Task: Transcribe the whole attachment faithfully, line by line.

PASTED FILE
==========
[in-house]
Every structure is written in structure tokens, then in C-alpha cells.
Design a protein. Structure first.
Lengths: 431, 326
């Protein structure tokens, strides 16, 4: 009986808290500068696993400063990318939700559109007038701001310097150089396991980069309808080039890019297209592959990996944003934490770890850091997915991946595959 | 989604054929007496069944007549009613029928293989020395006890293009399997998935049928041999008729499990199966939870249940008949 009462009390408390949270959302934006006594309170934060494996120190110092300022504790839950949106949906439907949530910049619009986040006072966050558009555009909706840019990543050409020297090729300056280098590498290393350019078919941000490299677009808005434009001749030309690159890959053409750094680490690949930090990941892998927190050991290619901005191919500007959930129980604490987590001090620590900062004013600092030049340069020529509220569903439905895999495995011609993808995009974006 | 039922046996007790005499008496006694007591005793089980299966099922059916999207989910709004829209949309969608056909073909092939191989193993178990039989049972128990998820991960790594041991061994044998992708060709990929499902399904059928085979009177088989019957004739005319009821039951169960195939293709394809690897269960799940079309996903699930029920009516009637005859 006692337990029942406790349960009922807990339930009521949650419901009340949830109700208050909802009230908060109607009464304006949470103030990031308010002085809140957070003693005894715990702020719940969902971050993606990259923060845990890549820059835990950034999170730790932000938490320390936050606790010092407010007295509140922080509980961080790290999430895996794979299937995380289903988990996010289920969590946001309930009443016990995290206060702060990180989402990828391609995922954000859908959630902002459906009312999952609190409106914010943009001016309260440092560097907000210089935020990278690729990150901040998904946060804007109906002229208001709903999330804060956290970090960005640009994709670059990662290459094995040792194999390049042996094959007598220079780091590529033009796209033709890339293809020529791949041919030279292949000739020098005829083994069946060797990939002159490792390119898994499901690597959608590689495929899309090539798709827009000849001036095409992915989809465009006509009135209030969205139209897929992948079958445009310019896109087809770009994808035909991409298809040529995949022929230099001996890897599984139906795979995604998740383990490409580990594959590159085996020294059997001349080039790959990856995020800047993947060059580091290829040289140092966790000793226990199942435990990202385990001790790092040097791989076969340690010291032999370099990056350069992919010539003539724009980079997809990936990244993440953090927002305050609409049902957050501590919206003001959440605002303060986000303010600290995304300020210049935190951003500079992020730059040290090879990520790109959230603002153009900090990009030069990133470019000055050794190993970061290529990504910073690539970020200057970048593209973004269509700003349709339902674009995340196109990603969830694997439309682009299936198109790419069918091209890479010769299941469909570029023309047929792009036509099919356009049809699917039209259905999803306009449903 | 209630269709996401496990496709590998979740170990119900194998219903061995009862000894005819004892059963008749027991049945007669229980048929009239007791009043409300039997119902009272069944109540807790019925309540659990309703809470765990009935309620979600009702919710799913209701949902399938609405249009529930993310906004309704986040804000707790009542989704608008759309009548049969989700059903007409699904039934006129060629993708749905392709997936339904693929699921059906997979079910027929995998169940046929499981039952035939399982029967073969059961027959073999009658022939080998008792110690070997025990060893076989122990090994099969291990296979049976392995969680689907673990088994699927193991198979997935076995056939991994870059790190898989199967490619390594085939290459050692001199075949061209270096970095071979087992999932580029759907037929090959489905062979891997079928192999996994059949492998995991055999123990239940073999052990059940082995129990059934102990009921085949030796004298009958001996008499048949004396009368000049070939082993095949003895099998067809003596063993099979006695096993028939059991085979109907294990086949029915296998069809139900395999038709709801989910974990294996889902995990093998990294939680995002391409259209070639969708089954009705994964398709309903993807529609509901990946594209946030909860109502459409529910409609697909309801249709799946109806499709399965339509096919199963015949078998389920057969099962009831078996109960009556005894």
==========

[in-house]
Every structure is written in structure tokens, then in C-alpha cells.
Design a protein. Structure first.
Lengths: 431, 326
């Protein structure tokens, strides 16, 4: 009986808290500068696993400063990318939700559109007038701001310097150089396991980069309808080039890019297209592959990996944003934490770890850091997915991946595959 | 989604054929007496069944007549009613029928293989020395006890293009399997998935049928041999008729499990199966939870249940008949 009462009390408390949270959302934006006594309170934060494996120190110092300022504790839950949106949906439907949530910049619009986040006072966050558009555009909706840019990543050409020297090729300056280098590498290393350019078919941000490299677009808005434009001749030309690159890959053409750094680490690949930090990941892998927190050991290619901005191919500007959930129980604490987590001090620590900062004013600092030049340069020529509220569903439905895999495995011609993808995009974006 | 039922046996007790005499008496006694007591005793089980299966099922059916999207989910709004829209949309969608056909073909092939191989193993178990039989049972128990998820991960790594041991061994044998992708060709990929499902399904059928085979009177088989019957004739005319009821039951169960195939293709394809690897269960799940079309996903699930029920009516009637005859 006692337990029942406790349960009922807990339930009521949650419901009340949830109700208050909802009230908060109607009464304006949470103030990031308010002085809140957070003693005894715990702020719940969902971050993606990259923060845990890549820059835990950034999170730790932000938490320390936050606790010092407010007295509140922080509980961080790290999430895996794979299937995380289903988990996010289920969590946001309930009443016990995290206060702060990180989402990828391609995922954000859908959630902002459906009312999952609190409106914010943009001016309260440092560097907000210089935020990278690729990150901040998904946060804007109906002229208001709903999330804060956290970090960005640009994709670059990662290459094995040792194999390049042996094959007598220079780091590529033009796209033709890339293809020529791949041919030279292949000739020098005829083994069946060797990939002159490792390119898994499901690597959608590689495929899309090539798709827009000849001036095409992915989809465009006509009135209030969205139209897929992948079958445009310019896109087809770009994808035909991409298809040529995949022929230099001996890897599984139906795979995604998740383990490409580990594959590159085996020294059997001349080039790959990856995020800047993947060059580091290829040289140092966790000793226990199942435990990202385990001790790092040097791989076969340690010291032999370099990056350069992919010539003539724009980079997809990936990244993440953090927002305050609409049902957050501590919206003001959440605002303060986000303010600290995304300020210049935190951003500079992020730059040290090879990520790109959230603002153009900090990009030069990133470019000055050794190993970061290529990504910073690539970020200057970048593209973004269509700003349709339902674009995340196109990603969830694997439309682009299936198109790419069918091209890479010769299941469909570029023309047929792009036509099919356009049809699917039209259905999803306009449903 | 209630269709996401496990496709590998979740170990119900194998219903061995009862000894005819004892059963008749027991049945007669229980048929009239007791009043409300039997119902009272069944109540807790019925309540659990309703809470765990009935309620979600009702919710799913209701949902399938609405249009529930993310906004309704986040804000707790009542989704608008759309009548049969989700059903007409699904039934006129060629993708749905392709997936339904693929699921059906997979079910027929995998169940046929499981039952035939399982029967073969059961027959073999009658022939080998008792110690070997025990060893076989122990090994099969291990296979049976392995969680689907673990088994699927193991198979997935076995056939991994870059790190898989199967490619390594085939290459050692001199075949061209270096970095071979087992999932580029759907037929090959489905062979891997079928192999996994059949492998995991055999123990239940073999052990059940082995129990059934102990009921085949030796004298009958001996008499048949004396009368000049070939082993095949003895099998067809003596063993099979006695096993028939059991085979109907294990086949029915296998069809139900395999038709709801989910974990294996889902995990093998990294939680995002391409259209070639969708089954009705994964398709309903993807529609509901990946594209946030909860109502459409529910409609697909309801249709799946109806499709399965339509096919199963015949078998389920057969099962009831078996109960009556005894």